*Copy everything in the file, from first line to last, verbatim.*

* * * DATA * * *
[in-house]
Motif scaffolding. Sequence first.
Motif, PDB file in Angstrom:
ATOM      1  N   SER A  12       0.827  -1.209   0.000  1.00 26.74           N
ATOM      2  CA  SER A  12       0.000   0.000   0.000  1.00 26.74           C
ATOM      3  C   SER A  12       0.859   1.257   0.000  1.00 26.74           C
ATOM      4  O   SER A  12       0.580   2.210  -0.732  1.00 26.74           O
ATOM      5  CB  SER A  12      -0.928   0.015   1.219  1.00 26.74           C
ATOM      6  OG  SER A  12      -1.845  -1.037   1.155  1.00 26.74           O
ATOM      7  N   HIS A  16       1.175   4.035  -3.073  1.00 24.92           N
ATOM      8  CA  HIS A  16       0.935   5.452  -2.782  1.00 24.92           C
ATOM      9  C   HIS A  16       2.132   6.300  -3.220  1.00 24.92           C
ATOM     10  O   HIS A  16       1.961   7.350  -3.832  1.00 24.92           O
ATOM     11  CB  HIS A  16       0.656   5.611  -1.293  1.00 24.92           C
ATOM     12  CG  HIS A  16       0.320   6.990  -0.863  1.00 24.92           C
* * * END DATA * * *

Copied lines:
[in-house]
Motif scaffolding. Sequence first.
Motif, PDB file in Angstrom:
ATOM      1  N   SER A  12       0.827  -1.209   0.000  1.00 26.74           N
ATOM      2  CA  SER A  12       0.000   0.000   0.000  1.00 26.74           C
ATOM      3  C   SER A  12       0.859   1.257   0.000  1.00 26.74           C
ATOM      4  O   SER A  12       0.580   2.210  -0.732  1.00 26.74           O
ATOM      5  CB  SER A  12      -0.928   0.015   1.219  1.00 26.74           C
ATOM      6  OG  SER A  12      -1.845  -1.037   1.155  1.00 26.74           O
ATOM      7  N   HIS A  16       1.175   4.035  -3.073  1.00 24.92           N
ATOM      8  CA  HIS A  16       0.935   5.452  -2.782  1.00 24.92           C
ATOM      9  C   HIS A  16       2.132   6.300  -3.220  1.00 24.92           C
ATOM     10  O   HIS A  16       1.961   7.350  -3.832  1.00 24.92           O
ATOM     11  CB  HIS A  16       0.656   5.611  -1.293  1.00 24.92           C
ATOM     12  CG  HIS A  16       0.320   6.990  -0.863  1.00 24.92           C